25 Mar Food Truck FAIL!
I unabashedly followed food trucks in the U.S. That thrill when you see the tweet that lets you know that truck with the out-of-this-world Japanese maki is a few blocks away. That shiver when you realize the authentic mole poblano you pour on everything is within walking distance. That anticipation when you hail a cab on the way to a rendezvous with 8-hour smoked ribs and pulled pork. So when a few years ago I heard that food trucks have finally made their presence felt on Philippine shores, my little heart did a hop, skip and a jump that would have made American Ninja Warrior proud. I trekked to the gathering places – Glorietta Park, Capitol Commons, The Grove at Rockwell, Maginhawa – wallet full and stomach empty. And like many on whom I have pinned my hopes and anticipation, my little heart went home unsatisfied.
There is a certain level of distinction one expects from a food truck. First off, it must not be a glorified version of the ubiquitous jollijeep. If I wanted tapsilog, tocilog, fried pork chops and chicken cooked oh-so-simply, then the jollijeep a few blocks away from my flat has fantastic versions at half the food truck price. Food trucks are not expected to have the same extensive menu as a fast food restaurant. The name of the game is specialization in order to produce the best. Otherwise, you just end up with jollijeep’s social climber cousin dressed in drag charging double on an extensive cafeteria menu.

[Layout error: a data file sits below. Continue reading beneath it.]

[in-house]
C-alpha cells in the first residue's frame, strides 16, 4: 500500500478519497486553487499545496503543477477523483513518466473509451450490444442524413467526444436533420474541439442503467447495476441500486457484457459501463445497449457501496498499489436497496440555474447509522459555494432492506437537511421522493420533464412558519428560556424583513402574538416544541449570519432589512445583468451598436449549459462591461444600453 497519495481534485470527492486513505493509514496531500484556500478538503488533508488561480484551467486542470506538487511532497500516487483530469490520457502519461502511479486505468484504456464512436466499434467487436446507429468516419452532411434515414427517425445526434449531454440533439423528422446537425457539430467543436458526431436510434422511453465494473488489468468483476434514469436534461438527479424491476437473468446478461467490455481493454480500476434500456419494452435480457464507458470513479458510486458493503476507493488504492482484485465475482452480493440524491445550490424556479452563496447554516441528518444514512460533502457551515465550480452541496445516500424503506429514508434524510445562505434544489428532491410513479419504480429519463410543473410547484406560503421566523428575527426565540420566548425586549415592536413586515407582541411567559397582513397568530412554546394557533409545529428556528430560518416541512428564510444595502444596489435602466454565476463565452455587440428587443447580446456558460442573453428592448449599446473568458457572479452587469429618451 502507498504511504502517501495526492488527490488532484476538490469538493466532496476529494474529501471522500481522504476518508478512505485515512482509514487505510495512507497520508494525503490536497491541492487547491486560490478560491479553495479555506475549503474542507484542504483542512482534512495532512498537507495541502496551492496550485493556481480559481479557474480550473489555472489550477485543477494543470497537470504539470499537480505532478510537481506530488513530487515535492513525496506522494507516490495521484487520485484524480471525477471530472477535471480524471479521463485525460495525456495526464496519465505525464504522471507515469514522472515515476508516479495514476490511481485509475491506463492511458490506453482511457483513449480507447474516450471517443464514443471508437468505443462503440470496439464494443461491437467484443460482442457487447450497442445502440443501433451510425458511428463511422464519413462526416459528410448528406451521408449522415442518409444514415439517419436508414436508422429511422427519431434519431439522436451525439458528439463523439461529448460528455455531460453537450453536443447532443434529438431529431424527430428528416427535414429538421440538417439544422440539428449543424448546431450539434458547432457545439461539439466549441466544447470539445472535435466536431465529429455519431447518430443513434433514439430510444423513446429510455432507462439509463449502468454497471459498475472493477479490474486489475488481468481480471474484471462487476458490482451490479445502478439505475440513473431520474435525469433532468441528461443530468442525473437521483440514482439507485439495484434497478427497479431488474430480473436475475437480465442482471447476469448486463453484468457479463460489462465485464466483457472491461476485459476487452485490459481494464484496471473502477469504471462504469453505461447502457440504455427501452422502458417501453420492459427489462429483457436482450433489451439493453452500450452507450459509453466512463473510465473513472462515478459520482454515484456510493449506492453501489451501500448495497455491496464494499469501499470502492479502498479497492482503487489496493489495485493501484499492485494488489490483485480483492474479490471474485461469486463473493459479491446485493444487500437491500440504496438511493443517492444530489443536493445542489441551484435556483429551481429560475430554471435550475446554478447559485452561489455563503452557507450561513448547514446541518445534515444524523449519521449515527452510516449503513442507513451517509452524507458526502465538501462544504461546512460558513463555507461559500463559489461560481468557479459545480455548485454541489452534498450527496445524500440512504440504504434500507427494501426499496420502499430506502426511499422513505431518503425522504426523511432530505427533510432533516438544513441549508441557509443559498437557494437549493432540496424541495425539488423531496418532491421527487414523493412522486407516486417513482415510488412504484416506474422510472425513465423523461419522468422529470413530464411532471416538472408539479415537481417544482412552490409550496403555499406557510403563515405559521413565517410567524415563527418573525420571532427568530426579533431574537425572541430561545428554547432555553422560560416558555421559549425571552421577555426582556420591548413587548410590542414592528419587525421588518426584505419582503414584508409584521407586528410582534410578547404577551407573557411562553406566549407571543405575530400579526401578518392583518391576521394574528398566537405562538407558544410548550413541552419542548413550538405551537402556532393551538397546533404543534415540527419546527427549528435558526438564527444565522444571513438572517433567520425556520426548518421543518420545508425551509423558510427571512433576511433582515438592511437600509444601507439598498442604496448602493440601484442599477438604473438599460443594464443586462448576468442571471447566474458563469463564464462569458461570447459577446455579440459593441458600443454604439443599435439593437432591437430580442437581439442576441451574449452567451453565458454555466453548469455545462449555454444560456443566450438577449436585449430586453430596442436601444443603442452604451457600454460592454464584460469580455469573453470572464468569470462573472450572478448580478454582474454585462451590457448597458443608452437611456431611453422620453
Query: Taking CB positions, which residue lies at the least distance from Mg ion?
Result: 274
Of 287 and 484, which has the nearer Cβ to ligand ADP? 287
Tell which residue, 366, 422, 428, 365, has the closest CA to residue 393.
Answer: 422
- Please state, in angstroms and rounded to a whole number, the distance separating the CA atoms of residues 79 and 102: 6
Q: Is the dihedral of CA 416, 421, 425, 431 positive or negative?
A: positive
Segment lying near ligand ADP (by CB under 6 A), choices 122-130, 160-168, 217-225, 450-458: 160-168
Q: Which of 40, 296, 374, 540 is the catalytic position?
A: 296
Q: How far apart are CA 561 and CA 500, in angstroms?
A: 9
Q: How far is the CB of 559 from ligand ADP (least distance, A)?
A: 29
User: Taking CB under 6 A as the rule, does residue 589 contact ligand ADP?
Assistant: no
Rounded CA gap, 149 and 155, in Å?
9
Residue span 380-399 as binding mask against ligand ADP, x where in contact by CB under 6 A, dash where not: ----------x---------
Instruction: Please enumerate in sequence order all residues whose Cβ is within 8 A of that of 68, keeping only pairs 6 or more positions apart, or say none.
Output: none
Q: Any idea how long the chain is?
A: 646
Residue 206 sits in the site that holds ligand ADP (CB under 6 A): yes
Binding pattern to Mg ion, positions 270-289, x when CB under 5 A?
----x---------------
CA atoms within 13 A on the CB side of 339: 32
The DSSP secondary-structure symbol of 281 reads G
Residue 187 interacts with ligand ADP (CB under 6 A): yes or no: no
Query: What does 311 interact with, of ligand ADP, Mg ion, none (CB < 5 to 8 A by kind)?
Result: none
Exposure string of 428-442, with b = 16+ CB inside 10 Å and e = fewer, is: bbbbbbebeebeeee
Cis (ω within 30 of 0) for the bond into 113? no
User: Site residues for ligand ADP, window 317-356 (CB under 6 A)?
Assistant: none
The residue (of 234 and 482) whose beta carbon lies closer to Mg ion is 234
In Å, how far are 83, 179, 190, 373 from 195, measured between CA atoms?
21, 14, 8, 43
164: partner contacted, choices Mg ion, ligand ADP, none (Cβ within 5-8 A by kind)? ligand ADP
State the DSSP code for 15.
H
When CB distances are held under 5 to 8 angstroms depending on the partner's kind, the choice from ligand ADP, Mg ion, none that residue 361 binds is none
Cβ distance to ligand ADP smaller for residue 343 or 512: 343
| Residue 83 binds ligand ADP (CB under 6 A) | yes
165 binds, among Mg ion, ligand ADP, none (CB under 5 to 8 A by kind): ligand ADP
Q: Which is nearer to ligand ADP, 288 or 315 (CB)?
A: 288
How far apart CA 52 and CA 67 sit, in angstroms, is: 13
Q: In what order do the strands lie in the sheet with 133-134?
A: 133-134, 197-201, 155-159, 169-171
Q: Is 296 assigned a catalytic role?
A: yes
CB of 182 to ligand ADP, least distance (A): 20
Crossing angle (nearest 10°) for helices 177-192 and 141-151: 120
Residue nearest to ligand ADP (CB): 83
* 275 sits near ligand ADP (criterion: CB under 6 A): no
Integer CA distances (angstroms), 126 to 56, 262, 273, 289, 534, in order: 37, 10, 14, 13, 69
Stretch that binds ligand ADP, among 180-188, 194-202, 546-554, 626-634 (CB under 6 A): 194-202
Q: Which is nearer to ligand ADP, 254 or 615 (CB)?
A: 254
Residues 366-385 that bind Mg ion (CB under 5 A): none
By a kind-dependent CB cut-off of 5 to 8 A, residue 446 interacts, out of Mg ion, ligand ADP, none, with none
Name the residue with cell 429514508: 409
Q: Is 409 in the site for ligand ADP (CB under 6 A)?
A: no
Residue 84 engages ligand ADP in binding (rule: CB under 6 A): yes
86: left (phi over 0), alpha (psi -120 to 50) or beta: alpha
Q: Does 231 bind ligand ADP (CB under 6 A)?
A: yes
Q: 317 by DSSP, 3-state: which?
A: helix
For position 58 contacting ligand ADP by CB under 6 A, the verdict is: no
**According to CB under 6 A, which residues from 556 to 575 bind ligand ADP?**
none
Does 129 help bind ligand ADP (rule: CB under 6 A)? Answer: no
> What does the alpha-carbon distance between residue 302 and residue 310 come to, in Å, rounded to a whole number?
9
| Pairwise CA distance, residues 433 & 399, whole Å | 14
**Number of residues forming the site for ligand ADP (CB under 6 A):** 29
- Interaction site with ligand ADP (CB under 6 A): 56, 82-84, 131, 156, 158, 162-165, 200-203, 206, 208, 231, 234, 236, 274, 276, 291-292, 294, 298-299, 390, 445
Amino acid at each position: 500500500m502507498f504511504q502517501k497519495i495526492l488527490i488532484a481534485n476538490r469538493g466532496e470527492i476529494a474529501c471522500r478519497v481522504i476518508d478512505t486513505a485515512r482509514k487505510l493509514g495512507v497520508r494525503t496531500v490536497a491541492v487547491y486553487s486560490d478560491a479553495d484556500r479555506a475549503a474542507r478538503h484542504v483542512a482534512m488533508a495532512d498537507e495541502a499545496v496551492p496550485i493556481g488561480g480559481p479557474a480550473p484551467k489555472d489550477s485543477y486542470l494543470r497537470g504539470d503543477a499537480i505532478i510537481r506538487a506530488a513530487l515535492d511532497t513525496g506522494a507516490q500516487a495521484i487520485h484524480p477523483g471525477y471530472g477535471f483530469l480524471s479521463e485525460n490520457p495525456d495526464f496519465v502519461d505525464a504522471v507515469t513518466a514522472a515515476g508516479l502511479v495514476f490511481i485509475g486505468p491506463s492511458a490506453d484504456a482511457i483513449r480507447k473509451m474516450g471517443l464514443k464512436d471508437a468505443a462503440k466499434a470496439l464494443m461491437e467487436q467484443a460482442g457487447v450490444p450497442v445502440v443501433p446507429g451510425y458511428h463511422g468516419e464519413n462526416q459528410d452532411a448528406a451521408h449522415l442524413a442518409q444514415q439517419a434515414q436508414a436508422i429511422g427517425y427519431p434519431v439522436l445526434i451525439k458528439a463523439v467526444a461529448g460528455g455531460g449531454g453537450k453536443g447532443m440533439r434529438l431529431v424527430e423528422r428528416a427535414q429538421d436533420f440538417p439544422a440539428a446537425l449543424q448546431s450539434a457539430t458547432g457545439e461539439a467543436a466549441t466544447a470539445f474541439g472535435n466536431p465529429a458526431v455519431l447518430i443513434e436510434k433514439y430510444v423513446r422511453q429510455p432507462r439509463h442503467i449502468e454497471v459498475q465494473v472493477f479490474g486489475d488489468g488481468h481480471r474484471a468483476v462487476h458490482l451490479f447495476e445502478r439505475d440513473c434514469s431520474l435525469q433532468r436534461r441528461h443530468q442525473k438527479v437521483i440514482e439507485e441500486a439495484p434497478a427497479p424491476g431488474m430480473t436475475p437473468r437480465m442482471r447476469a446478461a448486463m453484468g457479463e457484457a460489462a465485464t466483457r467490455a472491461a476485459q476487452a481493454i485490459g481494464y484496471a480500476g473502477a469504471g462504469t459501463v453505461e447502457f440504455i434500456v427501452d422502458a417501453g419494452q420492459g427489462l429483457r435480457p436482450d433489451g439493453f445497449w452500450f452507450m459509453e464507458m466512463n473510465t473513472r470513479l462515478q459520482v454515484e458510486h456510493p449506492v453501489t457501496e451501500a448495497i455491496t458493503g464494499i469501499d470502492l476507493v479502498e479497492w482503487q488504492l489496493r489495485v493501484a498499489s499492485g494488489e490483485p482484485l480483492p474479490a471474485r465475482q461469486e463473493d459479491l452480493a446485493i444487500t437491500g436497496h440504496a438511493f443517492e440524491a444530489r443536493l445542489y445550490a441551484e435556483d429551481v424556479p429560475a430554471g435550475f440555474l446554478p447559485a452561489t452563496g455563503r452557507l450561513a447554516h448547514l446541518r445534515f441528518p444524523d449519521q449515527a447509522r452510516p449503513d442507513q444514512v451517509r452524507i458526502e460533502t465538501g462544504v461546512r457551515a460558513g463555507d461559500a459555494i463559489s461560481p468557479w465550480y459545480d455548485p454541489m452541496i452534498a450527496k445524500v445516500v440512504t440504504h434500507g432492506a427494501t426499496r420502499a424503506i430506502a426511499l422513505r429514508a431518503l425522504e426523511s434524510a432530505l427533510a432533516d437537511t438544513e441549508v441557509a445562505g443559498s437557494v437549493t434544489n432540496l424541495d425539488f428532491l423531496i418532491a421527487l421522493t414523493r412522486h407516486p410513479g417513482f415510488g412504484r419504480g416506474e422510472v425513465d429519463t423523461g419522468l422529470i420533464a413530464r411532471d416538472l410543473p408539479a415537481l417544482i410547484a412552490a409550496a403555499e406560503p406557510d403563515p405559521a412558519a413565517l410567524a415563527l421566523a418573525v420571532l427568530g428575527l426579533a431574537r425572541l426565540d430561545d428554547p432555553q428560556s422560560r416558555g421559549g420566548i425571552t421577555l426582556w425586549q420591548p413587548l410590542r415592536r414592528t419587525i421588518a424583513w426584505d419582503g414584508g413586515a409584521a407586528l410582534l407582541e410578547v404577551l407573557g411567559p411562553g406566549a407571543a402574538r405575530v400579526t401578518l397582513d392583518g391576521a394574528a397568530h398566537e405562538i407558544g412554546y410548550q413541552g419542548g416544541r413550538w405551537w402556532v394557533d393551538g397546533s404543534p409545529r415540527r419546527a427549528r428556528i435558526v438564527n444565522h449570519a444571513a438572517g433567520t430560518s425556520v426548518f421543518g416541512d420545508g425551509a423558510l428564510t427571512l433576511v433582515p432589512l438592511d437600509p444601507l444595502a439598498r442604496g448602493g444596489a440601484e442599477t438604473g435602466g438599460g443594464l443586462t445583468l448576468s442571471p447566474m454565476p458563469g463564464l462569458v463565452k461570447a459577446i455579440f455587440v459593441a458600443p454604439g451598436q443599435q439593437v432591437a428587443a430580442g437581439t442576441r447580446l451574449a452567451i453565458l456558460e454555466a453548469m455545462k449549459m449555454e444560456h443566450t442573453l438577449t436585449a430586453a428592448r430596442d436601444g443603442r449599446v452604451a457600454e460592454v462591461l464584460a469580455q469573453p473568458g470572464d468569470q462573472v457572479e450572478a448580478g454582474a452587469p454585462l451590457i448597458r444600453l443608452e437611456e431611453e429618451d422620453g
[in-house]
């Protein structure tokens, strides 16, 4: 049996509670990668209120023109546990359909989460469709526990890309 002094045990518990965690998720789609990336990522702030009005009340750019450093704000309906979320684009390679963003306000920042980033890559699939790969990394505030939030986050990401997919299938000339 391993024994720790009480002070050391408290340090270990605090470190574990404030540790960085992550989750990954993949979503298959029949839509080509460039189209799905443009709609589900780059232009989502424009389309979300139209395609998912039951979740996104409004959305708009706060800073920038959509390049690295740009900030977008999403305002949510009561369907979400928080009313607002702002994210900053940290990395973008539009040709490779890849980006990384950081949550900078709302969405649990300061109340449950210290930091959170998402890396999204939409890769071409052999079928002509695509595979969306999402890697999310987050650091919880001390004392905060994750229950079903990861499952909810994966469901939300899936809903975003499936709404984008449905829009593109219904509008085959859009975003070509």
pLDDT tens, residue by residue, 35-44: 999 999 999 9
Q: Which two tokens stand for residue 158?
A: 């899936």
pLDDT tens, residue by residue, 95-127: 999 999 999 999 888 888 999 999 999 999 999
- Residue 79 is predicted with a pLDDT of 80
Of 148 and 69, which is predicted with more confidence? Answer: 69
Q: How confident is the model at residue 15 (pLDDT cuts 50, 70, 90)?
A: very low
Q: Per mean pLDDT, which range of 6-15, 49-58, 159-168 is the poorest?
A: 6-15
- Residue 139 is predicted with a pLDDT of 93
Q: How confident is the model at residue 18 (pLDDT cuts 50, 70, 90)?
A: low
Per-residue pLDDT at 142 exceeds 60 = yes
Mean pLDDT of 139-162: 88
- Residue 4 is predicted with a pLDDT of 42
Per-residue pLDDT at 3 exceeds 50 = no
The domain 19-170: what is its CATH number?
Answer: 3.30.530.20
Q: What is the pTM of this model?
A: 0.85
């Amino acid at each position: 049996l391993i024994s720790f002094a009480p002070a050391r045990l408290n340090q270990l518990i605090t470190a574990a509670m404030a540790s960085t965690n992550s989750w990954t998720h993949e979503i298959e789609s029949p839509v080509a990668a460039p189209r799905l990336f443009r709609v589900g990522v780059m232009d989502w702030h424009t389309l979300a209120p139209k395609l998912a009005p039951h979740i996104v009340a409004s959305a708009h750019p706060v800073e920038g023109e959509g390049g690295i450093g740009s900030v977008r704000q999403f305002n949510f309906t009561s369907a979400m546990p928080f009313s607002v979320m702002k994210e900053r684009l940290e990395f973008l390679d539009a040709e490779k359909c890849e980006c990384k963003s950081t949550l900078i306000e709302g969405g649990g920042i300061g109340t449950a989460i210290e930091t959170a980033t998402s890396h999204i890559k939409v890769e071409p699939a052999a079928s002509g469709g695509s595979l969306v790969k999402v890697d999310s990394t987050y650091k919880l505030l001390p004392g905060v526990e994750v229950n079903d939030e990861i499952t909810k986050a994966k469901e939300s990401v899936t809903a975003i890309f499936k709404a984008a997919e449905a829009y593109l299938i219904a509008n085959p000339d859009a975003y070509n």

Don’t get me wrong though. Food truck food is not cheap. It doesn’t have to be. Followers are ready to pay for damn good food. It should give my mouth orgasms and make me want to spend some alone time with it. So when I order a bucket of fries with a boatload of special toppings, it shouldn’t taste like it was fried in yesterday’s oil. Shawarma should not filled with “onions and others.” Freshly baked cookies should not have the same texture as supermarket made cookies. And while that roast beef may have tasted good last Friday, on Saturday its texture resemble something I pick off my tires. Quality people! If you peddle fried rice then make it the fried rice every grain of rice aspires to be! #carbsgood
Good food truck food is not overly fancy. But it is consistently good. It can stun you with its innovation or taste like the best dinner your grandmother ever made. That being said, just because your mom says your spaghetti tastes good doesn’t mean it deserves its own food truck. If your relatives said those siomai you made last Christmas were yummy, bear in mind it was the season of charity. Folding, rolling or serving ordinary food items on a stick does not make it inventive or memorable. If Daddy can afford to buy you a food truck, he can also afford to let you hire a chef.
There are a precious few decent food trucks. I’ve had awesome gelato (or maybe I should say the flavors and texture were awe-ALL) and pretty good mainstream Mexican food (will someone PLEASE make mole!). Burgers are always a favorite but none are distinctive. So maybe local food trucks are getting there. Slowly. Really slowly. But in the meantime? I will keep my little heart away from failure.